Sri Lanka Diaries: Anuradhapura 8th April till 13th April 2012

In my last post I mentioned how I came to be at Lake Wave Rest in Anuradhapura. I strongly recommend fellow backpackers to check out this place when they are in the area.

My original idea was to stay in Anuradhapura for two days before heading to Polonnaruwa and Sigiriya. But as it turned out, the place was so comfortable and charming, I ended up staying here for five nights. I did make a couple of day trips to Mihintale and Sigiriya.

My first impression of Anuradhapura was the emptiness. I reached here on Sunday and the roads, parks, markets, etc were empty. It was also afternoon time and the heat may have had a role to play in the emptiness. In the evening when I stepped out for a walk, there was a little buzz around the New Bus Stand (and the shops in the area). One must also confess that one is prejudiced by the sheer volume of people one sees on the roads of Mumbai. Coming to a town whose population is less than 5% of Mumbai, the contrast just hits you.

From Sri Lanka Holiday

There are three things of interest for the traveler like me – history, people, peace. And to top it all, the layout of the place makes for easy exploration either by walking or by cycling. There is the heat of course but then living in the tropics is all about that anyway. Of course, those with the money to spend did hire air conditioned cars or vans to take them dagoba hopping.

My stay in Anuradhapura went like this

  • 8th April: Reached around 2 pm, checked into Lake Wave Rest, went for a walk, had a beer and kottu near the bus stand, came back by 7pm chased by a thunderstorm
  • 9th April: Went exploring around the ancient city – the Maha Bodhi Tree, the Museums, the Dagobas, the ruins of ancient monasteries, etc. , ate chicken curry and rice; returned in the evening again chased by a thunderstorm
  • 10th April: Took a day trip to Mihintale, splurged a bit on lunch and was back at the hotel by sundown. For the third day running, we had a thunderstorm with lightning tearing down trees.
  • 11th April: I had originally planned to check out and go to Polonnaruwa. But Upali, the owner of Lake Wave, very easily convinced me to stay back. It was the Sri Lankan New Year in a couple of days and he said we can have a nice party. In hindsight, I made the right decision because the friends I made in the two days I stayed back. So instead of packing up, I decided to do a day trip to Sigiriya. This was also the day when they gave the tsunami alert. While Sigiriya is quite far from the shore, there was definite concern on the faces of everyone on the streets and in the restaurant where I was having lunch. The trauma of 2004-5 was not forgotten. I returned late in the evening once again caught in a storm. There were two new guests in the hotel and the night was spent over beer, guitar strumming and discussions about world peace.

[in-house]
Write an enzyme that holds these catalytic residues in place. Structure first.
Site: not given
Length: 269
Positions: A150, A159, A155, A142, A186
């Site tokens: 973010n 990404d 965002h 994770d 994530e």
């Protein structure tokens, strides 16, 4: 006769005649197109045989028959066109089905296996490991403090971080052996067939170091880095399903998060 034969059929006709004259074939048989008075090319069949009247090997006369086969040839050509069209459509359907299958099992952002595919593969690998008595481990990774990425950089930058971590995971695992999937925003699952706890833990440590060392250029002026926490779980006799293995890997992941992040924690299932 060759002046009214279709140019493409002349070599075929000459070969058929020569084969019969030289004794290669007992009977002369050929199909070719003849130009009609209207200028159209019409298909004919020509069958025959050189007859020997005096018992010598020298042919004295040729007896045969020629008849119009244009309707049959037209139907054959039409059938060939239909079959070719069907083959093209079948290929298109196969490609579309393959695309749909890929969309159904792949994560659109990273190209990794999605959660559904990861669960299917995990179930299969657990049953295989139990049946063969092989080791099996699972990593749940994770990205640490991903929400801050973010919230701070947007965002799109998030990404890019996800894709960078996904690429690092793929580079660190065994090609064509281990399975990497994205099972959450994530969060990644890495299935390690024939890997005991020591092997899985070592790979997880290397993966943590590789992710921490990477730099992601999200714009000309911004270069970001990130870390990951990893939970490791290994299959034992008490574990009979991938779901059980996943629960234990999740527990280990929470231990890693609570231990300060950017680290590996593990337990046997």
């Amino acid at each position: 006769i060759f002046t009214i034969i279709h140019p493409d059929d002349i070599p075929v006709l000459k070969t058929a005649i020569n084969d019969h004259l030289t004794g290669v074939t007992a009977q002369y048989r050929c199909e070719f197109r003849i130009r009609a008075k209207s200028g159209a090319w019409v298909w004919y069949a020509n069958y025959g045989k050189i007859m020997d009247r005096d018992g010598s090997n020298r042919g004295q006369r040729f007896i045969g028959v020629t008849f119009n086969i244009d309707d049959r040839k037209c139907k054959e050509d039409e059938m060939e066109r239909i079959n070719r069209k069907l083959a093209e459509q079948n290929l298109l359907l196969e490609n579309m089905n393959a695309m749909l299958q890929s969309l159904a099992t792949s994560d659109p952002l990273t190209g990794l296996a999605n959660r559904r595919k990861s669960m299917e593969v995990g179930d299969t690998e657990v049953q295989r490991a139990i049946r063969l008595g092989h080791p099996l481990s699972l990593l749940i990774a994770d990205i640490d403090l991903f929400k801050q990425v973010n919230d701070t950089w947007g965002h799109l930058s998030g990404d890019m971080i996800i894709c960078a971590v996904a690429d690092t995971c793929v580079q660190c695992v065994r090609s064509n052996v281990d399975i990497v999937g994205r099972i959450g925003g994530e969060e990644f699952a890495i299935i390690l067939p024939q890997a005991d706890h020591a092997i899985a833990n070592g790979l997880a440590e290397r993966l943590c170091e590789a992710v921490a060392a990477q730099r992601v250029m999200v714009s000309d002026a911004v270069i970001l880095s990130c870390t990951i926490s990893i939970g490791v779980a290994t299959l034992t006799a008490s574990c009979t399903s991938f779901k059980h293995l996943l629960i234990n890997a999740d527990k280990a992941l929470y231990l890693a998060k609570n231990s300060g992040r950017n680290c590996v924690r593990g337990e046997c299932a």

• 12th April: With my new friends, I went exploring on the cycle, this time going to places which I missed out on the first day. As is wont to happen, I had a flat tyre and had to return hauling the errant cycle in a rickshaw. The night was again a long one with cigarettes, beer, guitar and world peace discussions.
  • 13th April: The Sri Lankan New Year, a holiday, I along with B from Germany decided to hop over to Trincomalee. Sri Lanka roads on a holiday (I may be generalising on the basis of one day’s observations) resemble a bandh in Kolkata. Not a soul in site, no traffic, no transport and even the schedule of state-run buses are a matter of conjecture.

To close this post, a summary of my five days in Anuradhapura, I leave you with three images that shall always be, for me, synonymous of the place.

Sleepy hammocks              From Sri Lanka Holiday
Buddhist Colour              From Sri Lanka Holiday
Serene Walks                From Sri Lanka Holiday
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